Person of the Year: Pope Francis, by Dr. John McLaughlin (2014)
For the past 34 years, there was one unshakeable constant in American politics — namely, whatever was going on in the world, you could hear it discussed over the weekend by Dr. John McLaughlin and his fellow panelists on The McLaughlin Group. The phrase "unshakeable constant" isn't mere hyperbole either, as McLaughlin was on the set in the center chair without missing a single weekly episode throughout the program's 34-year history.
McLaughlin, a former Jesuit priest who ran for the U.S. Senate from Rhode Island as a Republican "peace" candidate, grew slightly frustrated with politics while working as a speechwriter for President Richard Nixon. He quit his White House job shortly after Nixon quit his, and then he quit the priesthood, too. (McLaughlin, that is, not Nixon. Nixon never was a priest, hard as that is to believe.) In time, McLaughlin drifted from politics to the media, working as a local talk show host in Washington, D.C. and then accepting a job as Washington editor for the National Review. He created The McLaughlin Group in 1982, and I started watching it almost from the start.
McLaughlin's style was unique. He often came off as a self-important, pompous, and ill-tempered know-it-all, but there was just enough of the imp in him to pull it off without being off-putting. He leaned pretty sharply to the right, but he claims to have voted for President Obama at least once, and I always felt as though he kept a relatively open mind about many things.
Dr. McLaughlin died this past August at the age of 89, and I was very sorry to see him go. The short clip I included is one of him declaring Pope Francis as his "person of the year" during The McLaughlin Group's year-end awards show in 2014. He references the Holy Father's pronouncement that animals can go to Heaven, adding that this gave him hope that his beloved dog, Oliver, would be waiting for him there. Let it be so. Amen.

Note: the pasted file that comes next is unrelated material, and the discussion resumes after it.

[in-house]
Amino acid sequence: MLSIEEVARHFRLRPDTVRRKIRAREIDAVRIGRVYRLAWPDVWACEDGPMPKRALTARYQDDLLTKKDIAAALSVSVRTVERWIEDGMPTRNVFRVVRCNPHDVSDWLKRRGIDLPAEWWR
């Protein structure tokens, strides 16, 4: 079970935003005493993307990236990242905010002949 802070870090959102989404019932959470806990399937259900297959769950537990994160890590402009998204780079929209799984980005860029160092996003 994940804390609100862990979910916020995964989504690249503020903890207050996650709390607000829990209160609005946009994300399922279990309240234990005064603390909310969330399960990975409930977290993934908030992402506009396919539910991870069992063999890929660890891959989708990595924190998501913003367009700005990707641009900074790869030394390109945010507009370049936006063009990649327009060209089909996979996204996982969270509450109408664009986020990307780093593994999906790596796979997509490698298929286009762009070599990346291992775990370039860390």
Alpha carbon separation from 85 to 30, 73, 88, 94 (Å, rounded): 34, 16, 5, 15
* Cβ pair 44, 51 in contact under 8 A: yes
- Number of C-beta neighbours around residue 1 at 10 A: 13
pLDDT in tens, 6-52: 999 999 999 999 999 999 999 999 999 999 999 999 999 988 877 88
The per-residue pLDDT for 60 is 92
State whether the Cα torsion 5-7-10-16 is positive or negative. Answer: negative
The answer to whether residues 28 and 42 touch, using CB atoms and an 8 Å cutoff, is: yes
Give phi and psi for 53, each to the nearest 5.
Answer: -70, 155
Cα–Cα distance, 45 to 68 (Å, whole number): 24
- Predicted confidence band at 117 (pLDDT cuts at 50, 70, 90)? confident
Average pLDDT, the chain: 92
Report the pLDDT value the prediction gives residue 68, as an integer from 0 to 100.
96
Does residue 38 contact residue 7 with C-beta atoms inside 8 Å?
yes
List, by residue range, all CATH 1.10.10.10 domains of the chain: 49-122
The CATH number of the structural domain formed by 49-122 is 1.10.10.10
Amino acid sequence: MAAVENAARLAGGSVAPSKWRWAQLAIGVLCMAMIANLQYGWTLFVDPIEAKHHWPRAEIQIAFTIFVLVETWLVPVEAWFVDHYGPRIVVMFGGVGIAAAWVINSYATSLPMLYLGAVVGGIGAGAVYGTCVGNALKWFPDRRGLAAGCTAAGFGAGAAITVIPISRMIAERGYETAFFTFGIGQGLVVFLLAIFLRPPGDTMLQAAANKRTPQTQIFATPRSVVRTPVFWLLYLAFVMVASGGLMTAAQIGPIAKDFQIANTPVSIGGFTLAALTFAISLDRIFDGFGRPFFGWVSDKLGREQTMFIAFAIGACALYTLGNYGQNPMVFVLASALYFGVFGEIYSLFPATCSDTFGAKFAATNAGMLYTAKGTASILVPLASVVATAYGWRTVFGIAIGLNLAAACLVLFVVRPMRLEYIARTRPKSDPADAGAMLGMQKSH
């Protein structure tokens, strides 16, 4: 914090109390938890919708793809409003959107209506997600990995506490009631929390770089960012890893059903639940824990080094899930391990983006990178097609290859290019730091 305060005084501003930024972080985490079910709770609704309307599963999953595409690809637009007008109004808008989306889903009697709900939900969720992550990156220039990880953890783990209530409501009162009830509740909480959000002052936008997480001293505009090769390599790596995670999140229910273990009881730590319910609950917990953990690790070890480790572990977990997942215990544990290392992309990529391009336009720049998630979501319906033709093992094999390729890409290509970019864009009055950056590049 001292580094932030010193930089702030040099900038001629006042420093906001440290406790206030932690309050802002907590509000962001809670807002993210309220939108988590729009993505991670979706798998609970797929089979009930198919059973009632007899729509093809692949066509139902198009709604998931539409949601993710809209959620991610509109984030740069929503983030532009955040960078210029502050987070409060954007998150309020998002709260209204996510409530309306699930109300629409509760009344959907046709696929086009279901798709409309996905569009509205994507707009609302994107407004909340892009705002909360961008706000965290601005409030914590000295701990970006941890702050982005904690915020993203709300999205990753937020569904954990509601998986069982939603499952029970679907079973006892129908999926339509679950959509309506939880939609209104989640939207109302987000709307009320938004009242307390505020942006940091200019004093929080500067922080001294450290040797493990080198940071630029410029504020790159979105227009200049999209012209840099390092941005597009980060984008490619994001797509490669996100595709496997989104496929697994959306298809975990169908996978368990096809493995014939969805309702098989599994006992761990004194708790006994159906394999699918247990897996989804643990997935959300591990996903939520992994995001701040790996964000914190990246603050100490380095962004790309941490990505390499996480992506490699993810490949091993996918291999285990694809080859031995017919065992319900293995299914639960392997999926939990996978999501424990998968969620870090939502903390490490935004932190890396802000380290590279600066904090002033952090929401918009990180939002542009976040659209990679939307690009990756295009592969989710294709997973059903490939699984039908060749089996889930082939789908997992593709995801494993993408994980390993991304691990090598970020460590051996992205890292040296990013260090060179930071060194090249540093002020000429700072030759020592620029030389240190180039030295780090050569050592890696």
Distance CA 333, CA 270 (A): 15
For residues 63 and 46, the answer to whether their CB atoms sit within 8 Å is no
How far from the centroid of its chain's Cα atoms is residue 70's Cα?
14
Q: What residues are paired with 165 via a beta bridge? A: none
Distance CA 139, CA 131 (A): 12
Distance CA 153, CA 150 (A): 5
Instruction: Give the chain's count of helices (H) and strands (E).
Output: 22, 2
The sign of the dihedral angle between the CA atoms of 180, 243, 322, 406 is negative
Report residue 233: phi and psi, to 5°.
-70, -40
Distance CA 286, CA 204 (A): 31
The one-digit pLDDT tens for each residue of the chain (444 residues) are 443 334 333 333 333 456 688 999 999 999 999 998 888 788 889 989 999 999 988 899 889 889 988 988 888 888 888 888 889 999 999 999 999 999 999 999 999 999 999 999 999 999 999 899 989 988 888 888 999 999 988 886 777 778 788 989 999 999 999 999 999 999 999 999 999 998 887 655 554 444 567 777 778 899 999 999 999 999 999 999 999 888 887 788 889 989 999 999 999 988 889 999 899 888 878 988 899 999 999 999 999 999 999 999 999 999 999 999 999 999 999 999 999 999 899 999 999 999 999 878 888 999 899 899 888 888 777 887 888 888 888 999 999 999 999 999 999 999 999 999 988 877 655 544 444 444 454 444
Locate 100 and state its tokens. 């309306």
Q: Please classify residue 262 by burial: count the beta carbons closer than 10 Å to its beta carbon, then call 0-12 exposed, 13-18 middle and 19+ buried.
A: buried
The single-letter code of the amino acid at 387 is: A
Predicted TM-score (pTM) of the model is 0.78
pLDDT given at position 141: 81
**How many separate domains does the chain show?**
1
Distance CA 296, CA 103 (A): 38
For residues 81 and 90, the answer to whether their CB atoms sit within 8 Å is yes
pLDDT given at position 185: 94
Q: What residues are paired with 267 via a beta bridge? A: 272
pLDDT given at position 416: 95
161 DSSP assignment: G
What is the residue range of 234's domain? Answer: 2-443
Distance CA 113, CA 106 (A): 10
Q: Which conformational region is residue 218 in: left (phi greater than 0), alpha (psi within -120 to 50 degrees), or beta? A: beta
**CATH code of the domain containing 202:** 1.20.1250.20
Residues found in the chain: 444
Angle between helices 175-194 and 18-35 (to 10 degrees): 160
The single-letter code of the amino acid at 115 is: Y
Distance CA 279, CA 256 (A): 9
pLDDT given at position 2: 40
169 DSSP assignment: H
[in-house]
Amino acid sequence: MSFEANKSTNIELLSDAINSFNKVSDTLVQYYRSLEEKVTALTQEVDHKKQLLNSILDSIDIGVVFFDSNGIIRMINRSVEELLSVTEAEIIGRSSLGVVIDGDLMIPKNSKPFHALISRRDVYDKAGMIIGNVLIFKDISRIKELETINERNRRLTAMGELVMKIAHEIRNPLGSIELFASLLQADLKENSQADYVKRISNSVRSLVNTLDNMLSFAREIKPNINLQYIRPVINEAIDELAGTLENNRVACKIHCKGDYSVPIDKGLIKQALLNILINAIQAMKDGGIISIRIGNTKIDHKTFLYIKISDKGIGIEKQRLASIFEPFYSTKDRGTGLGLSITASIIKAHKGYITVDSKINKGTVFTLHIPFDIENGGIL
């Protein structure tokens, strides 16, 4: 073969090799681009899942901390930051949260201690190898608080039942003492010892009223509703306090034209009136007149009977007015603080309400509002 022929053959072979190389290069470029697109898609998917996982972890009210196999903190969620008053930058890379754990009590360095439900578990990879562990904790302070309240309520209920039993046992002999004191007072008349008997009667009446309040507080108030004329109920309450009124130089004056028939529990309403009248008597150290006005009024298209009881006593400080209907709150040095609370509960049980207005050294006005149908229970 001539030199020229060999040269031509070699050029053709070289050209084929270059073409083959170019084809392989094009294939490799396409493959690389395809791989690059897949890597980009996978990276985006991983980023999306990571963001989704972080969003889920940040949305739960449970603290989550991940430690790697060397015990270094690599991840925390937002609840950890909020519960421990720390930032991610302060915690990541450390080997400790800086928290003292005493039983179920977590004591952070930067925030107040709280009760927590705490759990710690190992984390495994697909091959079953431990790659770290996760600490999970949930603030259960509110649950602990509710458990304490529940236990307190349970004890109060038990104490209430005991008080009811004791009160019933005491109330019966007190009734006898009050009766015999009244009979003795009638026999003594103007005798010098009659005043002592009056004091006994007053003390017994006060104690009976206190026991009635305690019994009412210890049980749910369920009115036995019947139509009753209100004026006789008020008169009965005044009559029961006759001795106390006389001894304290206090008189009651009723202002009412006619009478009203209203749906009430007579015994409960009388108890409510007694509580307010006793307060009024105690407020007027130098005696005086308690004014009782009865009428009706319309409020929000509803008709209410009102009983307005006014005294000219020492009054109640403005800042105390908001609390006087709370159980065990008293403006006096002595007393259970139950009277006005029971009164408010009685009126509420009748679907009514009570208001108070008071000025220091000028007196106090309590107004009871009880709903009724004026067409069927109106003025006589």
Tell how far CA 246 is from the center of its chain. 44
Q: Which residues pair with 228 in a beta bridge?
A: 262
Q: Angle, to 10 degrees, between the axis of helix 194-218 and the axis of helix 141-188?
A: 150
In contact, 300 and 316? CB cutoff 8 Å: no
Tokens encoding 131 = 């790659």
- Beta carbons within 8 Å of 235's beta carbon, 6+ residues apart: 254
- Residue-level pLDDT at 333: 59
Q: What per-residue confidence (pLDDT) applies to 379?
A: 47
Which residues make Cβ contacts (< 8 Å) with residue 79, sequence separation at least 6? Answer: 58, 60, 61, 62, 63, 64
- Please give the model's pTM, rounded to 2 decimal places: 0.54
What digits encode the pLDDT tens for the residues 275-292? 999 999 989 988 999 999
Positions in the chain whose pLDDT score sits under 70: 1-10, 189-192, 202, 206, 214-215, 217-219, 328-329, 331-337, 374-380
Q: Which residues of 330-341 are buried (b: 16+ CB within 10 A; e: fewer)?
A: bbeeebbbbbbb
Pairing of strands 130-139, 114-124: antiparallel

Christmas with Donald Trump, by The Private Gentlemen's Yacht Club (2015)
According to their website, The Private Gentlemen's Yacht Club is
They must have had at least a little free time on their hands these past couple of years, as they not only recorded this neat parody of a Donald Trump Christmas album, but a host of other social commentaries, including the song that's currently featured on the front of their website, "All I Want for Christmas Is a Shotgun." (CAUTION: This and most of their material features strong language.)an elite group of individuals who meet regularly to share our love of luxury yachts. Occasionally we have been known to write songs and make videos in order to break up the monotony of our luxurious lives.
The group is British, the style is irreverent the politics are leftish, but they nail it on the head in a sloppy sort of way more often than not.
Christmas in Chicago, by Leon Russell (1972)
Leon Russell was another true original we lost this year — a singer, songwriter, musician, and producer who was responsible for a host of solo records and collaborations over the years. In fact, over the course of his nearly 60-year career he recorded more than 30 albums and over 400 songs, including tunes with artists ranging from Frank Sinatra to the Beach Boys; and from Bob Dylan to Joe Cocker. The early 1970s were a particularly active period for Russell, when he helped launch the career of Elton John and scored with the best-selling album Carney, which featured the hit single "Tight Rope." He wrote songs for The Carpenters and Helen Reddy, and helped The Gap Band to begin their successful career. He also wrote "This Masquerade," a stunning song that won the Grammy "Record of the Year" honors for George Benson in 1977, and "Lady Blue," a song he recorded himself that still gives me shivers whenever I hear it. He also recorded "Christmas in Chicago," which I added to this year's mix in his honor. This man was a giant, and he will be missed.
I'll be back with more sometime soon. Enjoy Christmas Eve by doing something special.